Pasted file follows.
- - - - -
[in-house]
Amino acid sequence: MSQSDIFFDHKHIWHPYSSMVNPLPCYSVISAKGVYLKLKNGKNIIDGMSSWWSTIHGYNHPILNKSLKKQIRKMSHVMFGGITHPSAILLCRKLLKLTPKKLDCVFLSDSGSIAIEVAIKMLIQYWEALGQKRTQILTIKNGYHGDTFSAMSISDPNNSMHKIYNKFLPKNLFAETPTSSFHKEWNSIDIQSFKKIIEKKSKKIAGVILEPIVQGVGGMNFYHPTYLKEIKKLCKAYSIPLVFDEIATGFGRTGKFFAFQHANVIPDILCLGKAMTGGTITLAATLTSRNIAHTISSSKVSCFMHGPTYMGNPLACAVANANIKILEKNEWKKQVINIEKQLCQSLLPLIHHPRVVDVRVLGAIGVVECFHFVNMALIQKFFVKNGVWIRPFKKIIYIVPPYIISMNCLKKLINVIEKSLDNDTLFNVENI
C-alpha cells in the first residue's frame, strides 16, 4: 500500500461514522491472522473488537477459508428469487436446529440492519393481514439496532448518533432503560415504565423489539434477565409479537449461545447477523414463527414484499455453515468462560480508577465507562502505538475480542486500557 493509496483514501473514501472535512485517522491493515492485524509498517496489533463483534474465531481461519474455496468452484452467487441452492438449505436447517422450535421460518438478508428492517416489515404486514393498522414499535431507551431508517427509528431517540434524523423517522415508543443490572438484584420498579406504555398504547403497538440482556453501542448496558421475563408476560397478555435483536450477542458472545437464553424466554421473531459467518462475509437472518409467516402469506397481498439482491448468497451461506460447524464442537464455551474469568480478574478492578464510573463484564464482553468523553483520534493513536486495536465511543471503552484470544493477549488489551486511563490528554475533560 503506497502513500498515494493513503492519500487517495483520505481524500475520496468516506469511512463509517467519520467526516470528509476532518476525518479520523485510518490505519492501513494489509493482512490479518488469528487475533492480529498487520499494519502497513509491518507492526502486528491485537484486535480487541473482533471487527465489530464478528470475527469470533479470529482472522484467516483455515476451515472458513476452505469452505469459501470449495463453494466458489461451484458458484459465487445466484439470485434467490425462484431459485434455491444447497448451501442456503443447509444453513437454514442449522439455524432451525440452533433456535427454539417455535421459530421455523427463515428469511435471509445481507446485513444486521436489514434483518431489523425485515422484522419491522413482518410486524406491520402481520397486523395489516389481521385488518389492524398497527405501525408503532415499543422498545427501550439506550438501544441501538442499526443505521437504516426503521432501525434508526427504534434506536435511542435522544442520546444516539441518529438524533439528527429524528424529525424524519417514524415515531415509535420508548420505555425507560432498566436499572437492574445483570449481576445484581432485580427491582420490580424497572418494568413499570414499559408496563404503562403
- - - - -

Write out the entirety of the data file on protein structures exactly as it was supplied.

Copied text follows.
[in-house]
Amino acid sequence: MSQSDIFFDHKHIWHPYSSMVNPLPCYSVISAKGVYLKLKNGKNIIDGMSSWWSTIHGYNHPILNKSLKKQIRKMSHVMFGGITHPSAILLCRKLLKLTPKKLDCVFLSDSGSIAIEVAIKMLIQYWEALGQKRTQILTIKNGYHGDTFSAMSISDPNNSMHKIYNKFLPKNLFAETPTSSFHKEWNSIDIQSFKKIIEKKSKKIAGVILEPIVQGVGGMNFYHPTYLKEIKKLCKAYSIPLVFDEIATGFGRTGKFFAFQHANVIPDILCLGKAMTGGTITLAATLTSRNIAHTISSSKVSCFMHGPTYMGNPLACAVANANIKILEKNEWKKQVINIEKQLCQSLLPLIHHPRVVDVRVLGAIGVVECFHFVNMALIQKFFVKNGVWIRPFKKIIYIVPPYIISMNCLKKLINVIEKSLDNDTLFNVENI
C-alpha cells in the first residue's frame, strides 16, 4: 500500500461514522491472522473488537477459508428469487436446529440492519393481514439496532448518533432503560415504565423489539434477565409479537449461545447477523414463527414484499455453515468462560480508577465507562502505538475480542486500557 493509496483514501473514501472535512485517522491493515492485524509498517496489533463483534474465531481461519474455496468452484452467487441452492438449505436447517422450535421460518438478508428492517416489515404486514393498522414499535431507551431508517427509528431517540434524523423517522415508543443490572438484584420498579406504555398504547403497538440482556453501542448496558421475563408476560397478555435483536450477542458472545437464553424466554421473531459467518462475509437472518409467516402469506397481498439482491448468497451461506460447524464442537464455551474469568480478574478492578464510573463484564464482553468523553483520534493513536486495536465511543471503552484470544493477549488489551486511563490528554475533560 503506497502513500498515494493513503492519500487517495483520505481524500475520496468516506469511512463509517467519520467526516470528509476532518476525518479520523485510518490505519492501513494489509493482512490479518488469528487475533492480529498487520499494519502497513509491518507492526502486528491485537484486535480487541473482533471487527465489530464478528470475527469470533479470529482472522484467516483455515476451515472458513476452505469452505469459501470449495463453494466458489461451484458458484459465487445466484439470485434467490425462484431459485434455491444447497448451501442456503443447509444453513437454514442449522439455524432451525440452533433456535427454539417455535421459530421455523427463515428469511435471509445481507446485513444486521436489514434483518431489523425485515422484522419491522413482518410486524406491520402481520397486523395489516389481521385488518389492524398497527405501525408503532415499543422498545427501550439506550438501544441501538442499526443505521437504516426503521432501525434508526427504534434506536435511542435522544442520546444516539441518529438524533439528527429524528424529525424524519417514524415515531415509535420508548420505555425507560432498566436499572437492574445483570449481576445484581432485580427491582420490580424497572418494568413499570414499559408496563404503562403